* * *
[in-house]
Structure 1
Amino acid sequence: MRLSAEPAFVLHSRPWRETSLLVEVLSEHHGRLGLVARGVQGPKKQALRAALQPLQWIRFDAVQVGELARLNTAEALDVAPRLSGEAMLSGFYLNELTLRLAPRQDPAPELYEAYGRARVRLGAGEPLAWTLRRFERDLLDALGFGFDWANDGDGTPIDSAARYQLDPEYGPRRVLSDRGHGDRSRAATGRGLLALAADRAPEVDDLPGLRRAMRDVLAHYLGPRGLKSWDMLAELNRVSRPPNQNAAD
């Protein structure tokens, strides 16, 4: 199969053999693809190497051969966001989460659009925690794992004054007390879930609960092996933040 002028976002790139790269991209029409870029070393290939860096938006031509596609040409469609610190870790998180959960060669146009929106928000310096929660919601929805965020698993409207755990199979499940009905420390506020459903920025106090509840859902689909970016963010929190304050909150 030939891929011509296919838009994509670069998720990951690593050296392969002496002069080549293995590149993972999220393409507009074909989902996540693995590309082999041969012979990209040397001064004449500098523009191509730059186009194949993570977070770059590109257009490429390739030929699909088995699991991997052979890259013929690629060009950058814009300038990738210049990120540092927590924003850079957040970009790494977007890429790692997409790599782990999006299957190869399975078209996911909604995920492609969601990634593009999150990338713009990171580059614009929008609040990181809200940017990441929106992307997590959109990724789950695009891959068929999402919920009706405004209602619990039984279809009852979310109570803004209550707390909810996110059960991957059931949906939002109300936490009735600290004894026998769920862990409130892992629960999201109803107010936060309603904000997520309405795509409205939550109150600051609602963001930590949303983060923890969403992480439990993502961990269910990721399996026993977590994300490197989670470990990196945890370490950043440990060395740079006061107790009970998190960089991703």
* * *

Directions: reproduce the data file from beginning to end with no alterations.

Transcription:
[in-house]
Structure 1
Amino acid sequence: MRLSAEPAFVLHSRPWRETSLLVEVLSEHHGRLGLVARGVQGPKKQALRAALQPLQWIRFDAVQVGELARLNTAEALDVAPRLSGEAMLSGFYLNELTLRLAPRQDPAPELYEAYGRARVRLGAGEPLAWTLRRFERDLLDALGFGFDWANDGDGTPIDSAARYQLDPEYGPRRVLSDRGHGDRSRAATGRGLLALAADRAPEVDDLPGLRRAMRDVLAHYLGPRGLKSWDMLAELNRVSRPPNQNAAD
């Protein structure tokens, strides 16, 4: 199969053999693809190497051969966001989460659009925690794992004054007390879930609960092996933040 002028976002790139790269991209029409870029070393290939860096938006031509596609040409469609610190870790998180959960060669146009929106928000310096929660919601929805965020698993409207755990199979499940009905420390506020459903920025106090509840859902689909970016963010929190304050909150 030939891929011509296919838009994509670069998720990951690593050296392969002496002069080549293995590149993972999220393409507009074909989902996540693995590309082999041969012979990209040397001064004449500098523009191509730059186009194949993570977070770059590109257009490429390739030929699909088995699991991997052979890259013929690629060009950058814009300038990738210049990120540092927590924003850079957040970009790494977007890429790692997409790599782990999006299957190869399975078209996911909604995920492609969601990634593009999150990338713009990171580059614009929008609040990181809200940017990441929106992307997590959109990724789950695009891959068929999402919920009706405004209602619990039984279809009852979310109570803004209550707390909810996110059960991957059931949906939002109300936490009735600290004894026998769920862990409130892992629960999201109803107010936060309603904000997520309405795509409205939550109150600051609602963001930590949303983060923890969403992480439990993502961990269910990721399996026993977590994300490197989670470990990196945890370490950043440990060395740079006061107790009970998190960089991703």